Artificial eye service opens its doors as part of centenary celebrations

Marcia Morrell from the NAES with Mario Thompson and his wife Judith

Marcia Morrell from the NAES with Mario Thompson and his wife Judith

An open day to mark 100 years of a Fylde coast organisation attracted visitors from far and wide.

The National Artificial Eye Service based on Bristol Avenue, Bispham, held the first of two open days it is hosting this summer to mark its centenary year and patient Mario Thompson travelled from as far as Oxford to see the work of the specialists at the centre.

Mario, who is totally blind, enjoyed a tour of the site with his wife Judith and was given a talk about the history of the service. He said: “I was brought up in India and had a glass eye when I six years old.

“That was a million miles away from the eyes that are made here and when I heard there was an opportunity to come and visit where they are made I was really happy to visit.”

Another visitor was Peter Johnson from Chester.

He said: “I lost an eye in a car accident when I was 19 but I have always had excellent service from the artificial eye service and really wanted to see what goes on behind the scenes to learn how the eyes are made.

“It’s been absolutely fascinating to be honest.”

Peter Johnson with Rebecca Armitage from NAES

Peter Johnson with Rebecca Armitage from NAES

Helen Lever, Operations Manager for the service, said: “We wanted to give people the opportunity to see what we do here and it was great to give some of our patients the chance to go behind the scenes.’’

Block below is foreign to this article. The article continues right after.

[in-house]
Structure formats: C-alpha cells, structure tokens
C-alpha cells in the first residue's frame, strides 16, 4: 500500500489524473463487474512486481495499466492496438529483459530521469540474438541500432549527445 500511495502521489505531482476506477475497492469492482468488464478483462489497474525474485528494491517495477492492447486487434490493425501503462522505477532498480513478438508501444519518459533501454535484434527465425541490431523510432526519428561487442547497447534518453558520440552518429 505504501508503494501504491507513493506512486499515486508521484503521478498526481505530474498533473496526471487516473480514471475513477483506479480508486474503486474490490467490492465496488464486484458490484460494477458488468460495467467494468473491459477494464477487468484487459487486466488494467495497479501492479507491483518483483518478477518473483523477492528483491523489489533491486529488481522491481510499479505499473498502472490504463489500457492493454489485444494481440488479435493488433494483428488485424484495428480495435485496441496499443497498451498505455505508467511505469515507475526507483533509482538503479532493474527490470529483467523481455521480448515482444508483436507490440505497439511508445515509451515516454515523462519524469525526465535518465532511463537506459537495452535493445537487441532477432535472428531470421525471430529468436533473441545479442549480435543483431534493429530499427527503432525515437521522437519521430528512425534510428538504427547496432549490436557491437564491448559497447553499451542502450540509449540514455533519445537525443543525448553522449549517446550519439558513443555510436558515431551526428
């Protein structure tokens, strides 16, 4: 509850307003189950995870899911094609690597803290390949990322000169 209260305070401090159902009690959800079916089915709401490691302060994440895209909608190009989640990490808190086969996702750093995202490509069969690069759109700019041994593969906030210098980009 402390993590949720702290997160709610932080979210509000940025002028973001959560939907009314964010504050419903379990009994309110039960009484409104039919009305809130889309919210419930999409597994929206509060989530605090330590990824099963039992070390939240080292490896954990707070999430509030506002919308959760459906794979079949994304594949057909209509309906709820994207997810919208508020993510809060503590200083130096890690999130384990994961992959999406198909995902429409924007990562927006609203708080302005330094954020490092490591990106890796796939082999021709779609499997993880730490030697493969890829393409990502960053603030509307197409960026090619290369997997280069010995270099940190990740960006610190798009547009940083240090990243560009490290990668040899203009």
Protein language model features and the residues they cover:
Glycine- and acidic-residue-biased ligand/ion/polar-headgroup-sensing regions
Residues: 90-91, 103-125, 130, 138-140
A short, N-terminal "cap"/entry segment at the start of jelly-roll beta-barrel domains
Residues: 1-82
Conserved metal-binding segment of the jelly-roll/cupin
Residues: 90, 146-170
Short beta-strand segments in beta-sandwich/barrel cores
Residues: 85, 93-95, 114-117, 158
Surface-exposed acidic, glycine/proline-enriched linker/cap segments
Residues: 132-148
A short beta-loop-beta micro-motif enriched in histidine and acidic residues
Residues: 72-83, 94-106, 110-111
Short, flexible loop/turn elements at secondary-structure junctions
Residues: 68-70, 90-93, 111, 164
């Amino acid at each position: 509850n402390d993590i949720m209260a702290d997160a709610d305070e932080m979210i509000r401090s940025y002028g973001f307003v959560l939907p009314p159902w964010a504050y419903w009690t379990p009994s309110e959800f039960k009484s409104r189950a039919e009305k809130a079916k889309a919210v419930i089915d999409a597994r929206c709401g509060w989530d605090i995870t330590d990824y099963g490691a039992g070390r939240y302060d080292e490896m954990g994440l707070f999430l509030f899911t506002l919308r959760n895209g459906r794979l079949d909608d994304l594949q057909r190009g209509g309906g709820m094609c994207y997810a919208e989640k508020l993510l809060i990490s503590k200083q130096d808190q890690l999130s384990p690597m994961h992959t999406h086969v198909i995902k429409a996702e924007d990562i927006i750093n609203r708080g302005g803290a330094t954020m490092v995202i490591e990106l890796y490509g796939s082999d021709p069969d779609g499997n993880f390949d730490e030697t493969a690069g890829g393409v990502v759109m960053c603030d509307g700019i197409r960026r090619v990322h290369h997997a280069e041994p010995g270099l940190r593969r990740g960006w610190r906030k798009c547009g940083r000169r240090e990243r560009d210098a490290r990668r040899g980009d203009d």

The NAES dates back to the First World War and was originally known as ‘The Army Spectacle Depot’.

However, as injured soldiers returned from the front the focus changed to the provision of artificial eyes for wounded and blinded men.

Until shortly after the Second World War the provision of artificial eyes was only available to service personnel and war pensioners, but with the arrival of the National Health Act in 1948, the specialised treatment involved was extended to all qualifying NHS patients.

Manufacturing of artificial eyes takes place in the Blackpool HQ.

Teams of technicians take the wax models and specifications provided by the Orbital Prosthetist (OP) and turn them into an artificial eye which matches the patient’s natural eye.

The Service is hosting another open day on July 29. If you would like to attend please email and leave your contact details.

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